• The context object represents the options, settings, and other data used by the log processors. The options object used to initialize Pino, is merged into the context object, making those settings available to overy log processor.

    The following properties are always available as well:

    • EOL: the actual end-of-line characters, as specified by the crlf option
    • IDENT: the default indentation string
    • translateFormat: the time formatting string, as specified by the translateTime option
    • colorizer: the selected colorizer function that accepts a level value and returns a colorized string
    • prettified: an object that caches prettified text, whose properties are typically set by a parser and consumed by a builder
  • The state object has a stop method, which is used to abort the log processing process for the current entry immediately after the current parser returns.

The return value of the parse function is passed to the next parse function in the sequence. The value returned from the last parse function is passed to the build function.

For most parsers, the return value should be a log entry object that will be used by the builders to construct the output line.

In some cases, whether for performance or other reasons, it makes sense to return the result of a parser directly without performing any additional processing. The process can be short-circuited by calling the stop method of the state argument. No other parsers will be used, and the build stage will be skipped as well. The value returned by the parser that calls the stop function will be returned as the final formatted output.


The build function is a simple functions that prepares the final formatted line. It receives two parameters: lineParts and context.

  • The lineParts array contains the ordered list of strings that will eventually be joined after all the build functions have been executed.

  • The context object is the same context object passed to the parsers, with one exception: the final output produced by the parsers is added to the object as the log property.

    Also, when the built-in prettifying log processors are used, a number of prettified strings are added to the context.prettified property: prettifiedLevel, prettifiedMessage, prettifiedMetadata, and prettifiedTime.

The builder function does not return a value. To change the output, modify the lineParts array.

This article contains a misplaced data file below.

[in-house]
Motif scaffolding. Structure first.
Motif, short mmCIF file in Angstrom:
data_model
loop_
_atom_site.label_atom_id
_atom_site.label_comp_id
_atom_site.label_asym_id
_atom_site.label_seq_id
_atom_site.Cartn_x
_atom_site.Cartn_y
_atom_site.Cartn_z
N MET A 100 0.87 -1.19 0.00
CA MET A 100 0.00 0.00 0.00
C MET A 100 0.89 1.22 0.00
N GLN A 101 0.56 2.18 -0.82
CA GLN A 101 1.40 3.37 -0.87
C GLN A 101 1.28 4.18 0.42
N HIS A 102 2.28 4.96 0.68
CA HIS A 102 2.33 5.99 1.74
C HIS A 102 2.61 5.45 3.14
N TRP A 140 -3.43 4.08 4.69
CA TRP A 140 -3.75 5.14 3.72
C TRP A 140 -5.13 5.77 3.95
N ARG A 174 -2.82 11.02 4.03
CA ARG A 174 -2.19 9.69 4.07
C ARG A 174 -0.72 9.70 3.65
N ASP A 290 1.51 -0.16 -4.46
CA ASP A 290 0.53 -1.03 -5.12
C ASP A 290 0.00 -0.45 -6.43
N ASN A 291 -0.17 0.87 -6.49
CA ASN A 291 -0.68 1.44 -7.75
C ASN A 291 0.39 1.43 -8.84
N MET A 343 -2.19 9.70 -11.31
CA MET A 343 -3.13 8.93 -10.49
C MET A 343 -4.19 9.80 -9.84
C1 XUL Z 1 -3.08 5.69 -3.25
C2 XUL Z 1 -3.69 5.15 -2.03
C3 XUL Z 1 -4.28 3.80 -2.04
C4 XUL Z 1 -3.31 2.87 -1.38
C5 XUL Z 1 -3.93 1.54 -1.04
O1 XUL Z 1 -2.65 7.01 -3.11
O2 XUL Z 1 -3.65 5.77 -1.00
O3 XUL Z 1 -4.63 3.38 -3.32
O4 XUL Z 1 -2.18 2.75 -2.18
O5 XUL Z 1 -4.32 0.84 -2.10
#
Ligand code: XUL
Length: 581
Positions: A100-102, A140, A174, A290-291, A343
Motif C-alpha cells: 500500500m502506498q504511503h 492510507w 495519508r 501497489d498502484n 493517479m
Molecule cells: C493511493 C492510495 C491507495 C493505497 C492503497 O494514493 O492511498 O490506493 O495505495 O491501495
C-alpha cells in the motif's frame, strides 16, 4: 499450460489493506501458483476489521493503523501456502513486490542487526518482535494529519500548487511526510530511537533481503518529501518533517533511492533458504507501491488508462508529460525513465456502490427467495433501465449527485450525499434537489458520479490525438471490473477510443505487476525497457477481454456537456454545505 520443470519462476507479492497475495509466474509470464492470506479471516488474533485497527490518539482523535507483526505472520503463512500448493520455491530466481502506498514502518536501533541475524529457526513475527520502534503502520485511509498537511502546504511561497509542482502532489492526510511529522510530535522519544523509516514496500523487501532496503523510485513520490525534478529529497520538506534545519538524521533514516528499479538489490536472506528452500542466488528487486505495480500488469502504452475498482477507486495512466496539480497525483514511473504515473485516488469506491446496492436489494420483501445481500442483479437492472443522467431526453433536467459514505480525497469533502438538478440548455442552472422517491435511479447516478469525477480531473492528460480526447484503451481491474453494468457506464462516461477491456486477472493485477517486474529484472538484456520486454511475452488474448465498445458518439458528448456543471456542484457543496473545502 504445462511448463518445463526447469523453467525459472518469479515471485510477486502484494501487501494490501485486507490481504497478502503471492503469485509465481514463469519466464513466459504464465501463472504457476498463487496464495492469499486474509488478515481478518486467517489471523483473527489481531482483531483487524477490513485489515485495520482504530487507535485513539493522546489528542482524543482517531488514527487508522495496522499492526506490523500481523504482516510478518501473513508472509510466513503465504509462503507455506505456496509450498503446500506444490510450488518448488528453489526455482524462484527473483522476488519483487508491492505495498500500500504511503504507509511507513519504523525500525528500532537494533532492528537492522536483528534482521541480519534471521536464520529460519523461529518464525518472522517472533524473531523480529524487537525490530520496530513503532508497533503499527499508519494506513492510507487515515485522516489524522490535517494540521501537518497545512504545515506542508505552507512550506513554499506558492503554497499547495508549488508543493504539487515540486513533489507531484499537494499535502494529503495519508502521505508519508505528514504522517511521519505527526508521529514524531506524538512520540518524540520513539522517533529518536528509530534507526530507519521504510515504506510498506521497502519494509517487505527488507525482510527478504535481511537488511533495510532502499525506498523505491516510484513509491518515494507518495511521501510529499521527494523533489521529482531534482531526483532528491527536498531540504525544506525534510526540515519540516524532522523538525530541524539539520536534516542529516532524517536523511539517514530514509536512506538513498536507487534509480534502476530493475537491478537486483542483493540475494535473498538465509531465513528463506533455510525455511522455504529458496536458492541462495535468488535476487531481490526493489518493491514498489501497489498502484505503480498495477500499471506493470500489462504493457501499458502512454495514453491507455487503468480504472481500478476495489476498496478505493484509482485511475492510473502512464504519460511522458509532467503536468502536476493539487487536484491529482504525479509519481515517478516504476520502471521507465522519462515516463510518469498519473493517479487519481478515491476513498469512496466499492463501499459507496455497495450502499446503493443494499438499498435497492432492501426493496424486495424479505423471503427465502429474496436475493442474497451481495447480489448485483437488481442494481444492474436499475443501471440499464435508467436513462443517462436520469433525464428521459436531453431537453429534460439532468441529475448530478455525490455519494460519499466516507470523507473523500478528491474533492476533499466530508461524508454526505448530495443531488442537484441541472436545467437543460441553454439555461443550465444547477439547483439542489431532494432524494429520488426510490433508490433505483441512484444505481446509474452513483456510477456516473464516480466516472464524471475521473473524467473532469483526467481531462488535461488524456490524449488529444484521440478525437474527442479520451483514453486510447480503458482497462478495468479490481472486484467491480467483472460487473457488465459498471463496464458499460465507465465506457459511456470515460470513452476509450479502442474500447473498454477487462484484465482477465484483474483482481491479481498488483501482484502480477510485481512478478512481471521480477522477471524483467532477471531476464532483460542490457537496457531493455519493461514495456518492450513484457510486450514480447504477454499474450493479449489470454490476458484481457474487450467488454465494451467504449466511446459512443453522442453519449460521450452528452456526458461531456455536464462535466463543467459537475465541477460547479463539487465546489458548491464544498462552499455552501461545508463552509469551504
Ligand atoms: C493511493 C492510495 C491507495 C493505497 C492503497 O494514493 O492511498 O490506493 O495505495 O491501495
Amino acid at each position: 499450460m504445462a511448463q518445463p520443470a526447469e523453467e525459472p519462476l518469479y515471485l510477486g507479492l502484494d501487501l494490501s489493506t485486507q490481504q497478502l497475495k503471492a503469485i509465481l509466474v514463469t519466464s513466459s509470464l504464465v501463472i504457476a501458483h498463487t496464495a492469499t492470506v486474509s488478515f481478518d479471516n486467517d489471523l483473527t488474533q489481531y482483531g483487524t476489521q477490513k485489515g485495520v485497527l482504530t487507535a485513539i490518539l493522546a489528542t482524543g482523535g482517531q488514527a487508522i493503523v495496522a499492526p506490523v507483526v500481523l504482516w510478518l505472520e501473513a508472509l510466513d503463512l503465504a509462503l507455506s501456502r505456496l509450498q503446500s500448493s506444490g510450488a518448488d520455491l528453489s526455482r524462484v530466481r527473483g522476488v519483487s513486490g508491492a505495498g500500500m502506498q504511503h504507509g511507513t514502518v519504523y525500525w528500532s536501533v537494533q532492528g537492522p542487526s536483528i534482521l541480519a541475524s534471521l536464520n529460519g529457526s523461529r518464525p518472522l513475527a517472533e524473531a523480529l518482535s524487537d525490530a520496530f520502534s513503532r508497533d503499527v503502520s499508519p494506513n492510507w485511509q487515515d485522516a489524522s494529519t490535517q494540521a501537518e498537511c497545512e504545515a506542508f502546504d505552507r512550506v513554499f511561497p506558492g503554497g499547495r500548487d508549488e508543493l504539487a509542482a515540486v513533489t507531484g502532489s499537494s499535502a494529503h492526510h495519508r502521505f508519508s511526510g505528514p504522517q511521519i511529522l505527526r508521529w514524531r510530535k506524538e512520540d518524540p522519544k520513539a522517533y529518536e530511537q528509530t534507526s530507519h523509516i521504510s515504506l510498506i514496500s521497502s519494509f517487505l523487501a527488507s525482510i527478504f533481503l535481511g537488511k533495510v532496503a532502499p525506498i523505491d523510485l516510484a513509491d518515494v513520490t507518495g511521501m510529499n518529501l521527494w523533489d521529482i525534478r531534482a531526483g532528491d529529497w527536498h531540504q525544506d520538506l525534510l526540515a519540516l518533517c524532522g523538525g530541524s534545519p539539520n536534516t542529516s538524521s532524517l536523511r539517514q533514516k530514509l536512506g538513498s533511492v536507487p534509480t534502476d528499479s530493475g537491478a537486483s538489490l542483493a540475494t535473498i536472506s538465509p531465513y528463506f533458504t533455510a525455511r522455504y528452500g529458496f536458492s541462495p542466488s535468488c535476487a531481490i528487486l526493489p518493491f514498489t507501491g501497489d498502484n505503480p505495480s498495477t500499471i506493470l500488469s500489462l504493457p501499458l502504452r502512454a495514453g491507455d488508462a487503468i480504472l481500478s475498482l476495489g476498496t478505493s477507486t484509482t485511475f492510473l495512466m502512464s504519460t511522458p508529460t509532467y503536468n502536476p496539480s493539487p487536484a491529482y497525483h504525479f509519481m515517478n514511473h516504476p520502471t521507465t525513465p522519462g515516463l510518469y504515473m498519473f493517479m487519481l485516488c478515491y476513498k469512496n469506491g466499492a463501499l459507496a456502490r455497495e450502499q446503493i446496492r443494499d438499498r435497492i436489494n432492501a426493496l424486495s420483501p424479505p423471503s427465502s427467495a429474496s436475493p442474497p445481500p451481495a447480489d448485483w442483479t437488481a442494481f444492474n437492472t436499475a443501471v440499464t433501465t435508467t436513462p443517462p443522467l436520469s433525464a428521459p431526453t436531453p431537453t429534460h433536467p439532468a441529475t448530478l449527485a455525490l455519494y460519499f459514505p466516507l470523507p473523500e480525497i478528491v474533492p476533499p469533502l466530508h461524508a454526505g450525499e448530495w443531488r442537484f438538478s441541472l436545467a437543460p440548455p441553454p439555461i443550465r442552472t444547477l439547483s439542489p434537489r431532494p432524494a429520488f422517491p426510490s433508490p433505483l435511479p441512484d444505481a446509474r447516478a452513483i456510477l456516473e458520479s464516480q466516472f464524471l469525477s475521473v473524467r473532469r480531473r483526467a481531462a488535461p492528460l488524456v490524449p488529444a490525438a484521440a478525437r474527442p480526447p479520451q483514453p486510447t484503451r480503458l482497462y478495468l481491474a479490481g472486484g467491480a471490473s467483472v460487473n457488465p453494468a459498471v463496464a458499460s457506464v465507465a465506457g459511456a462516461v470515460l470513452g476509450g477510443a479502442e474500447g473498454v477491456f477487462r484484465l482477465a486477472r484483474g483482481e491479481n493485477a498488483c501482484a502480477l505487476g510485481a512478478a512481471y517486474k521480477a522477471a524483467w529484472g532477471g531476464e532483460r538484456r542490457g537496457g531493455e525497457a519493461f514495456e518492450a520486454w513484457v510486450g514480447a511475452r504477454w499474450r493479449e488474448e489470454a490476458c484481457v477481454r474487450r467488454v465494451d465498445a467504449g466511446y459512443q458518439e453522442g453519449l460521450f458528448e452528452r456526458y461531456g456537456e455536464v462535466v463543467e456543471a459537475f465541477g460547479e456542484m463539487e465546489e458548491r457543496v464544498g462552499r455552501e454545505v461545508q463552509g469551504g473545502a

Note that if a parser short-circuits the parsing process, the builders will not be executed at all.


The following are a number of examples of parsers, builders, and combined log processors:

  • parser - Perform a transformation on the input message:

    function (input) {
      input.msg = input.msg.toLowerCase()
      return input
  • parser - Short-circuit the parsing process and prevent subsequent log parsers from being executed:

    (input, context, state) => {
      state.stop() // short-circuit the log parsing process
      return input
  • parser - Prepare a prettified string:

      parse(input, { colorizer, inlineSection ) {
        if(inlineSection && 'section' in input) {
          context.prettified.section = `[${colorizer(input.section)}]`
        return input
  • builder - Add a value to the array:

    function (lineParts) {
      lineParts.push('NEW VALUE')
  • builder - The following is an example of a more complex builder function, based on one of the built-in builders:

      build (lineParts, { prettified }) => {
        const { prettifiedTime } = prettified
        if (prettifiedTime) {
          if (lineParts.length > 0) {
            lineParts.push(' ')
  • parser and builder - Parse a log entry and then use the result to build the output line:

      parse(input, { colorizer, inlineSection ) {
        if(inlineSection && 'section' in input) {
          context.prettified.section = ${colorizer(input.section)}
        return input
      build (lineParts, { prettified }) => {
        const { section } = prettified
        if (section) {
          if (lineParts.length > 0) {
            lineParts.push(' ')


MIT License